Normally each autocannon would have big ammunition drums or at least dangling belts.  I decided to work around those by putting an armor plate over the whole thing.  It was just a matching 1” square that I extended by 1/2” in the back and 1/4” in the front.  Then I put a top and bottom on it and gave the whole thing 45 degree corners.  That might all sound a little odd, but by doing it this way I’ve got a bit more weight towards the back.  Which is cool, because the Defiler’s “abdomen” is already a little front-heavy with the battle cannon. 
 
I cut some 1/8” strips and added trim along the edges of the armor, and also a few little Chaos “barbs,” or whatever you might like to call them.  The little jags and triangles that show up on most Chaos armor and weaponry.  I used the 1/16" and 1/8" hole punch to create a bit of "corrosion" on one corner of the armor plate.  As a final touch, I used some 1/4" discs to add a Nurgle icon.

I thought about building a traditional, six-barreled missile launcher like the one that comes on the Chaos vehicle sprue.  But then I realized I could do something fun and a little more custom with a seven-barreled missile launcher.  Because all the true believers know how much Papa Nurgle loves his sevens...
 
I started with a 3/4” x 3/4” box and drew an X across it, corner to corner.  Then I used discs from the 1/8” hole punch to mark out five spots—one at the center and the others equidistant out from the center one.  The whole thing looked a lot like a D6 when I was done.

Helpful Hint—When laying this out, remember that you’re not going from the center point—you’re measuring from the edge of the center disc, 1/16” out from the center point. If you don’t take that into account, you D6 face will look a bit squished.

Once I had the five spots, I just mirrored them above and below to give me a 1-2-1-2-1 pattern.  Seven silos.  I added a 45 degree line off each corner and that gave me the front plate of my Nurglesque havoc launcher.  I cut it out, traced it, and now I had a back plate.  Measuring the edges gave me the lengths of all six faces of the sides (which were 3/4” and just a hair over 9/16”).  I’d be more exact about it except the whole body is going to be covered by another armor plate.  I gave it the same trim, jags, and icon as the autocannon.

For the shoulders I traced a 25mm base and cut out 14 circles.  These were stacked and glued until I had two discs that were seven layers thick (there’s those sevens again).  I put clothespins on these so they’d glue flat and let them sit for a bit.

Important Note—in retrospect, these are a little small for Defiler shoulders.  Not horribly so, but just enough that it gnaws at me a bit.  It wasn’t clear until the whole thing was together.  If you wanted to use this same method, I’d use a 40mm for my tracing template.  I still might pull it apart and do new ones before the warm liquid goo phase.

While the shoulders were drying I decided to go back and add some rivets to the whole model.  Looking back, I guess I never got to the rivet stage before.  I know I had the 1/16” hole punch at that point because the corroded effects were done with it. Anyway, I glued a few rivets on at some key points.

I also decided to bulk up the blast plate that sits behind the battle cannon.  The one from the original template is kind of puny.  So I built a larger one and added some more trim and rivets.  It gave the center a bit more heft.

I glued the shoulders onto the central hull. Again, I tried to center them back a bit to help counterbalance the battle cannon.  Once they were dry I added the weapons.  Because all of this is straight connections, I was able to stack the whole thing and use my phone for a bit of weight.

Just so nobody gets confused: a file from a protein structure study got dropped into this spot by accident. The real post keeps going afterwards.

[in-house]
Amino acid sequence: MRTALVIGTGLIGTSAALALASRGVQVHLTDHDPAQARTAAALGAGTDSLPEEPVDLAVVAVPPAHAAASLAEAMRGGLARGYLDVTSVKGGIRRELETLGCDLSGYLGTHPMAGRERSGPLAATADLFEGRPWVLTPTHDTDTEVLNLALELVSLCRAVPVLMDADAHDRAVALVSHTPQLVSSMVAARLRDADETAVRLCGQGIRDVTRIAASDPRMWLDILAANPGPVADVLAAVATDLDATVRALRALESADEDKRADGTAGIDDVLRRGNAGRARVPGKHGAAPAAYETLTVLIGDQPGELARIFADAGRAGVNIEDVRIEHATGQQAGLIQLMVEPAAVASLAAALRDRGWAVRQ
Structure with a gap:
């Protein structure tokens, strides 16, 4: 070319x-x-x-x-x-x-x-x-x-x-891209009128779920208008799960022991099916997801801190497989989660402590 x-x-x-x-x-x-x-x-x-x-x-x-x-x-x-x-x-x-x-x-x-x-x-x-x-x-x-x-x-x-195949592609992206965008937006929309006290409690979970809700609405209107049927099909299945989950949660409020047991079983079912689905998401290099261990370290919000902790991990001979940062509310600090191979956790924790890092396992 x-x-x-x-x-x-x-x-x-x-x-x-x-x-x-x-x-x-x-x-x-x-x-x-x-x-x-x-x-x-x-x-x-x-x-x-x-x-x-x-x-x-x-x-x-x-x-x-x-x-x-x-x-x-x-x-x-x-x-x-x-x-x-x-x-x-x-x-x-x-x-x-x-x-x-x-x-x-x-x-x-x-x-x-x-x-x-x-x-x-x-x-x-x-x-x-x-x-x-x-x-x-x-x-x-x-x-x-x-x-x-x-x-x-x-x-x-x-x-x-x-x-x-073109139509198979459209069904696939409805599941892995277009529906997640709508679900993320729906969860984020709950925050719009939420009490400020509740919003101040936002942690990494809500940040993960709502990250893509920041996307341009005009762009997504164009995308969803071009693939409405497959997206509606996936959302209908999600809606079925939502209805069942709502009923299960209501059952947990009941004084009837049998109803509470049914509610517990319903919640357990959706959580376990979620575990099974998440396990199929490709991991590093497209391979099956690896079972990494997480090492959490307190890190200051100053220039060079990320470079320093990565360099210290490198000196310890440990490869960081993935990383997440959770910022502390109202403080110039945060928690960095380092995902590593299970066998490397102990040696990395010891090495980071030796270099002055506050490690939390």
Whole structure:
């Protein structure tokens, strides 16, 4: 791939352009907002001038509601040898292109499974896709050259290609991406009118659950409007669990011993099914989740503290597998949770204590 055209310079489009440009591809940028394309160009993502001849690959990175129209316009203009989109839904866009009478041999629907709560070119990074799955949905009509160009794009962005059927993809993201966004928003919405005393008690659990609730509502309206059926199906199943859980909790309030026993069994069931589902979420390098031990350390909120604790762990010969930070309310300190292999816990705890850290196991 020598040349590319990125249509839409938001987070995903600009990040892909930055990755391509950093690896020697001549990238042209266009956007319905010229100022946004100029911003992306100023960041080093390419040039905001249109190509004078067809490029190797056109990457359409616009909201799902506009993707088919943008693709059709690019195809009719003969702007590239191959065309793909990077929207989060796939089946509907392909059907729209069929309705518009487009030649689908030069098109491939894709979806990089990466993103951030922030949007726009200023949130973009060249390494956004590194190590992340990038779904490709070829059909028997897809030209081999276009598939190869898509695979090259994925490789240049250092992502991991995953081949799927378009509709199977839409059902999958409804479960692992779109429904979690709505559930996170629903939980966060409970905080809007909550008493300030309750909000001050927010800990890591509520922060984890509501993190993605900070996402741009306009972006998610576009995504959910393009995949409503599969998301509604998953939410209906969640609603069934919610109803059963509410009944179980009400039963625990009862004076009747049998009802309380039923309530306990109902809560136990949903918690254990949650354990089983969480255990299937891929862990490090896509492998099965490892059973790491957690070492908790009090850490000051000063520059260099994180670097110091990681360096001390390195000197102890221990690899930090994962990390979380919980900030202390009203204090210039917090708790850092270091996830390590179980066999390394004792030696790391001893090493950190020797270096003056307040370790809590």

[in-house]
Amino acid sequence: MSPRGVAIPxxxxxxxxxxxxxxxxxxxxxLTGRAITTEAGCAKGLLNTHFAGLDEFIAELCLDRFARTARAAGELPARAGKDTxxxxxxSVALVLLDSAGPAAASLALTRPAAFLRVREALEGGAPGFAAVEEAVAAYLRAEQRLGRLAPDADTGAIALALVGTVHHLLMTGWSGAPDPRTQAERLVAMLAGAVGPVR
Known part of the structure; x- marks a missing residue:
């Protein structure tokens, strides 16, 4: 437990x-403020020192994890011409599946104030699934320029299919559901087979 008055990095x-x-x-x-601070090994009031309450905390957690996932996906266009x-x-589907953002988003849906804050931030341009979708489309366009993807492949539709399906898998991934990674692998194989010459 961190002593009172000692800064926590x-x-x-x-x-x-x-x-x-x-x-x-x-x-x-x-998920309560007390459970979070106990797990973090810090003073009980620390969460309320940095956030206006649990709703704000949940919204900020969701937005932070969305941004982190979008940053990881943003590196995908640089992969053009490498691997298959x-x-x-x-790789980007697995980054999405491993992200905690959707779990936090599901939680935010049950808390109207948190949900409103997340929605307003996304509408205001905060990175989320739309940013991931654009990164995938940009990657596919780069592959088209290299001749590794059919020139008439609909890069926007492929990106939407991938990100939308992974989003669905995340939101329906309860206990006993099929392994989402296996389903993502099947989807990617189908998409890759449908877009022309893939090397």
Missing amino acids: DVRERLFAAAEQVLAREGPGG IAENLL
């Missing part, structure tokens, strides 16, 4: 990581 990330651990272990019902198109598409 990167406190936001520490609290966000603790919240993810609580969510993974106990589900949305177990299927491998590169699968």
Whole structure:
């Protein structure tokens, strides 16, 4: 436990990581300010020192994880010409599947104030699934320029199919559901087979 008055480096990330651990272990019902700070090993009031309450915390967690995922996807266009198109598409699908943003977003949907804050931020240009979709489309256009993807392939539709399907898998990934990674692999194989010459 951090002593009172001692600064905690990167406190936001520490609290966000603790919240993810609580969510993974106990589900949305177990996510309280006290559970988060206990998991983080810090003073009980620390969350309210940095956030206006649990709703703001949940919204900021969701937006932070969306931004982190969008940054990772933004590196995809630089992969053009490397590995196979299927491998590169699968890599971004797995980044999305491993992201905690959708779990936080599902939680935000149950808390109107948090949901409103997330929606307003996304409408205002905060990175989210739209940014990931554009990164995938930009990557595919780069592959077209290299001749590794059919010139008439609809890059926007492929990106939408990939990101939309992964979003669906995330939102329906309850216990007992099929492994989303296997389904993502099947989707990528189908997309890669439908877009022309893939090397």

And there’s a range-loaded Defiler, just like that.

(ignoring the three year gap)

11.18.2015

Cheap Helbrute Conversion

So, lots of people are already talking about the new Horus Heresy plastics. I might at some point in the future, too.  For the moment, though, I wanted to look back at the last big sci-fi set...
           
(okay, seriously, how do we describe the connection between 30K/Heresy and 40K?  Are they just the #0K games? Imperium-based games?  Grim Future games?)
           
...their last box set from mankind’s grim future, and show something fun and cheap you can do with that.
           
You can still find lots of Dark Vengeance stuff online, most of it at half to 1/5th what you’d pay for them as individual units. A full tactical squad is about twenty bucks.  A lot of HQ characters are just two or three dollars.  And you can usually find the Dark Vengeance Dreadna—sorry, old habits—Helbrute for under ten bucks.

Now, as I’ve mentioned before, there’s a reason for this.  Like most of the Dark Vengeance models, the Helbrute’s a block of plastic that takes some serious time and effort if you want to do any major conversions (that said—I’ve seen some great ones).  But it is possible to do some neat looking ones on the cheap without half as much effort.
           
For example...
           
This particular Helbrute is going to be named Occulus Blight, and it’ll be joining my Death Guard.  Before I even started putting him together, I rolled up a little ball of green stuff.  A little bigger than a pea, a little smaller than a marble.  I rolled this back and forth between my fingers until it was as round and smooth as I could get it.  Then I very carefully pushed it into the hood/collar hole where the little face piece would normally go.  I didn’t want the teeth/claws around the hole to gouge the surface of the ball.

Once this was in place, I stretched the putty out on either side to help hold it in place. Again, I had to be careful so I didn’t force it into the teeth/claws on the other side. This was tricky and I had to try twice.  Fortunately, on something this simple, messing up just means pulling the blob out and rolling it smooth again. So don’t panic too much.  It maybe took ten minutes from starting to mix the green stuff to having it in place.  I let it  dry for another fifteen minutes—face up! I didn’t want its own weight to make a flat spot on the ball—and then assembled the Helbrute as normal.

Look at that.  One big eye in the socket.  Much Nurgle.  So pestilent.
 
I did a few quick detail things.  An old scenic rubble piece went on the base.  I snipped off the chains that hang from the power fist and added some “tentacles” made from the horns of a Chaos Marine helmet.  It’s hard to tell, but I also added a big tentacle to his power plant—one of the ones from the old mutation sprue.  It looks really good there, and it’s got me thinking some of those bulkier pieces might work really well on other Chaos dreadna—sorry, did it again—Helbrutes.

I didn’t glue the front plate-armor-hull piece in place because I want to paint the eye without too many extra bits around it. So I’ll prime those seperately and assemble them later.  As one last bit of detail, I added a centered horn to the armor plate.  It’s something I pulled from the bits bins at one point—I think it might be from the Chaos Terminators set.  Central horns are distinctively Nurgle in 40K (and related games).

All in all, maybe an hour to make a distinctive Helbrute.  And about a third of that was just digging up parts and mixing drinks.

(Primed and basic paint pictures coming this weekend)